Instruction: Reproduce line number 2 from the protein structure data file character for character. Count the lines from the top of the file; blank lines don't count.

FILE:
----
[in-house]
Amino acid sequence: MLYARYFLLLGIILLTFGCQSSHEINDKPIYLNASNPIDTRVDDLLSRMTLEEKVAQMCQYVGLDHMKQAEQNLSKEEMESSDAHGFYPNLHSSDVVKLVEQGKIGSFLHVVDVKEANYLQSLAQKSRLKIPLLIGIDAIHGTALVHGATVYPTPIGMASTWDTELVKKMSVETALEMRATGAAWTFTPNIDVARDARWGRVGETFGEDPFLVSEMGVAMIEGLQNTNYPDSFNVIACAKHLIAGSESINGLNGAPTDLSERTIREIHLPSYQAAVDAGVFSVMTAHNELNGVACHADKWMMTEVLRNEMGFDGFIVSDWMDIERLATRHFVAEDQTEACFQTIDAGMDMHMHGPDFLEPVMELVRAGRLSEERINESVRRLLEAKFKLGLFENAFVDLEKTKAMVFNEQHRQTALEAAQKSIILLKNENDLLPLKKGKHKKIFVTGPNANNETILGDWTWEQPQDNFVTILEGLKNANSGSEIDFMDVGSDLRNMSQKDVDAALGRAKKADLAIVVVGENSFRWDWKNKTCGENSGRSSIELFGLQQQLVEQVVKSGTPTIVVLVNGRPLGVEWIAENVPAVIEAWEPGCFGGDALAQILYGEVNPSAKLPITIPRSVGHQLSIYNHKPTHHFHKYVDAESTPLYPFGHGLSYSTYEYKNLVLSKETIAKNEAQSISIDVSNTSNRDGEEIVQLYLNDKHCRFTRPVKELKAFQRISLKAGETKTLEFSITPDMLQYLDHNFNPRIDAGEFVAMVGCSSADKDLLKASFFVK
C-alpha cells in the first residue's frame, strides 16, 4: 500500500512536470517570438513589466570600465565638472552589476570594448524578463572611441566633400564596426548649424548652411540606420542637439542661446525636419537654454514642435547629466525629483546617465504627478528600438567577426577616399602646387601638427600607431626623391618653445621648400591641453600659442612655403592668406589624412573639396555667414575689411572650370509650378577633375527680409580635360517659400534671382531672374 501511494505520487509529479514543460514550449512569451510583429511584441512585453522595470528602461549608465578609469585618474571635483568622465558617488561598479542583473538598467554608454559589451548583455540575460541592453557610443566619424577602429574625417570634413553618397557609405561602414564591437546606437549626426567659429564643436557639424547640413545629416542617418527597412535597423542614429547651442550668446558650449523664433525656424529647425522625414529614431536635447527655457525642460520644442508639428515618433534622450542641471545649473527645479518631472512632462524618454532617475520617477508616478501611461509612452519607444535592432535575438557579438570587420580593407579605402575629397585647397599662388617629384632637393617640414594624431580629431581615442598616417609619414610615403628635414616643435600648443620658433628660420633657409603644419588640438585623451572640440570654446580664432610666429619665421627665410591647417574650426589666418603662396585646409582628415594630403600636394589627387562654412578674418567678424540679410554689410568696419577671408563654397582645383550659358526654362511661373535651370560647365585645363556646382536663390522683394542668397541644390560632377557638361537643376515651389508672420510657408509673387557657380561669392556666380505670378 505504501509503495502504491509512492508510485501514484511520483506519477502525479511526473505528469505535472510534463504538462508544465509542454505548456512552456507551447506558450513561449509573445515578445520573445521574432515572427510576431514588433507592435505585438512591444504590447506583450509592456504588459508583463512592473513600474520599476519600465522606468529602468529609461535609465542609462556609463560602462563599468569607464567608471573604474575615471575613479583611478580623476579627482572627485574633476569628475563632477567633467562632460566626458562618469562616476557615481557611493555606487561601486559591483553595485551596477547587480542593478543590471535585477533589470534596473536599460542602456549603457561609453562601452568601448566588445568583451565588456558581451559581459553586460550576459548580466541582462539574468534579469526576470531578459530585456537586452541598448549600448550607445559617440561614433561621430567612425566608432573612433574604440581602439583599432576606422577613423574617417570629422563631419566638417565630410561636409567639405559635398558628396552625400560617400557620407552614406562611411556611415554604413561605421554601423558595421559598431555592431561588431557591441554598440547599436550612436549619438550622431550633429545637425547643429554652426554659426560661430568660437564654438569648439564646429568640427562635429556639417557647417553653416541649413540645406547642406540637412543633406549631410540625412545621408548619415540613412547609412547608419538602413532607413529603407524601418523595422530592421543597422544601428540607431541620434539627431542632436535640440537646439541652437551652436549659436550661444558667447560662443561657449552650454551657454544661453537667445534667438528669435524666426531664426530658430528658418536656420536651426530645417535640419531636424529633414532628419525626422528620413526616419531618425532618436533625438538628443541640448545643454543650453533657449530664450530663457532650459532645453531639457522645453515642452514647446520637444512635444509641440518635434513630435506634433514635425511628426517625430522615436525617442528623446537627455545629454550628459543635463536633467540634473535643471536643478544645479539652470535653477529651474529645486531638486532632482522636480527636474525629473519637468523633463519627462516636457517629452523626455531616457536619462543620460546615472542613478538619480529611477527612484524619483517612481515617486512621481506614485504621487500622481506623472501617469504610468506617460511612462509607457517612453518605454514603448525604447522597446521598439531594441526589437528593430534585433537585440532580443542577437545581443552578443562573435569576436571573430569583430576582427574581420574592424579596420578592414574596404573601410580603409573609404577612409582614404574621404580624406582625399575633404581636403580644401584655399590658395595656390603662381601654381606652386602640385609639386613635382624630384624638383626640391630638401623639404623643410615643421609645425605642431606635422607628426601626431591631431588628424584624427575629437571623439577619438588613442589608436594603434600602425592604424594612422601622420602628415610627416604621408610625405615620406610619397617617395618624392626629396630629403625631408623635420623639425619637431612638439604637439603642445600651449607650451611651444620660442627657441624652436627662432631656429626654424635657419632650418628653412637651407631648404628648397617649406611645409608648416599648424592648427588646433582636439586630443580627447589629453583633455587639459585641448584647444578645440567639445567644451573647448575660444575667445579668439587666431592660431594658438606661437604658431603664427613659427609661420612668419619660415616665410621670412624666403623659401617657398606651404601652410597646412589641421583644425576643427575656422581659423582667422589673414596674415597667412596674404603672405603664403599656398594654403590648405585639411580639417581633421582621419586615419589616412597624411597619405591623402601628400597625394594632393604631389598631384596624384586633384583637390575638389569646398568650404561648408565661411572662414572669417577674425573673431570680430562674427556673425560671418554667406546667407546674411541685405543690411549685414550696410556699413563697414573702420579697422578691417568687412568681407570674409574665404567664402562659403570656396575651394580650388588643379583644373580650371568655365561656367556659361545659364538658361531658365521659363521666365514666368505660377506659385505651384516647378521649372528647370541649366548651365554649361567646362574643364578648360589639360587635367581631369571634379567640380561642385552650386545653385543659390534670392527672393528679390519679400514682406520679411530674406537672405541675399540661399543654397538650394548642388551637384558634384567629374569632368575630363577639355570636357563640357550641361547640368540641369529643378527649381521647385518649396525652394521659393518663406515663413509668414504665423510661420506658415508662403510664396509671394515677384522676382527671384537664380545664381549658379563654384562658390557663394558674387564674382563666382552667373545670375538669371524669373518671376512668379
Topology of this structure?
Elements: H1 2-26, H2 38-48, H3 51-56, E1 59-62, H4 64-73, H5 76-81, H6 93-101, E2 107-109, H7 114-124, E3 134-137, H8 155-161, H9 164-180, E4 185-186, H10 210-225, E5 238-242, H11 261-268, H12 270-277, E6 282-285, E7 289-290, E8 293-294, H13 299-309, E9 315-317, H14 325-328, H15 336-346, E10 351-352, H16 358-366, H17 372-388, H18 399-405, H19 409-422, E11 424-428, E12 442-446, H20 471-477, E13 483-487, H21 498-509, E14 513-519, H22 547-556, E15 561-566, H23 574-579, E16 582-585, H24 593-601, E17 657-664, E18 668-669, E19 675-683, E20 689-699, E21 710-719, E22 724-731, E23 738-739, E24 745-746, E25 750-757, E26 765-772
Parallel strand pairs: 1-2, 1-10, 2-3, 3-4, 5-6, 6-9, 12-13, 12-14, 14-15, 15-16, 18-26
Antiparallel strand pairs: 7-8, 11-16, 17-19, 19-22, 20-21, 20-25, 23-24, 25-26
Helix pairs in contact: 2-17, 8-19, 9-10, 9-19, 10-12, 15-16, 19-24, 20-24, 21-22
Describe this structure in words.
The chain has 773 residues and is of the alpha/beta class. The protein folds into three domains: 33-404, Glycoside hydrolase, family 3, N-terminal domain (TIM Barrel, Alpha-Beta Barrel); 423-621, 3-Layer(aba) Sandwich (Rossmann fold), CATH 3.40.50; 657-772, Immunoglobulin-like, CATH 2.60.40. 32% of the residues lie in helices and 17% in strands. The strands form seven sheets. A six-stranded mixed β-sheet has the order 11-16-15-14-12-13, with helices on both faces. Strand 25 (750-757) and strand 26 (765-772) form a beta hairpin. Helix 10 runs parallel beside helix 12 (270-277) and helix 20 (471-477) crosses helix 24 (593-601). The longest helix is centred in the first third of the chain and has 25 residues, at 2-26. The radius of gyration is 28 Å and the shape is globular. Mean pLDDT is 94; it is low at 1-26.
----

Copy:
Amino acid sequence: MLYARYFLLLGIILLTFGCQSSHEINDKPIYLNASNPIDTRVDDLLSRMTLEEKVAQMCQYVGLDHMKQAEQNLSKEEMESSDAHGFYPNLHSSDVVKLVEQGKIGSFLHVVDVKEANYLQSLAQKSRLKIPLLIGIDAIHGTALVHGATVYPTPIGMASTWDTELVKKMSVETALEMRATGAAWTFTPNIDVARDARWGRVGETFGEDPFLVSEMGVAMIEGLQNTNYPDSFNVIACAKHLIAGSESINGLNGAPTDLSERTIREIHLPSYQAAVDAGVFSVMTAHNELNGVACHADKWMMTEVLRNEMGFDGFIVSDWMDIERLATRHFVAEDQTEACFQTIDAGMDMHMHGPDFLEPVMELVRAGRLSEERINESVRRLLEAKFKLGLFENAFVDLEKTKAMVFNEQHRQTALEAAQKSIILLKNENDLLPLKKGKHKKIFVTGPNANNETILGDWTWEQPQDNFVTILEGLKNANSGSEIDFMDVGSDLRNMSQKDVDAALGRAKKADLAIVVVGENSFRWDWKNKTCGENSGRSSIELFGLQQQLVEQVVKSGTPTIVVLVNGRPLGVEWIAENVPAVIEAWEPGCFGGDALAQILYGEVNPSAKLPITIPRSVGHQLSIYNHKPTHHFHKYVDAESTPLYPFGHGLSYSTYEYKNLVLSKETIAKNEAQSISIDVSNTSNRDGEEIVQLYLNDKHCRFTRPVKELKAFQRISLKAGETKTLEFSITPDMLQYLDHNFNPRIDAGEFVAMVGCSSADKDLLKASFFVK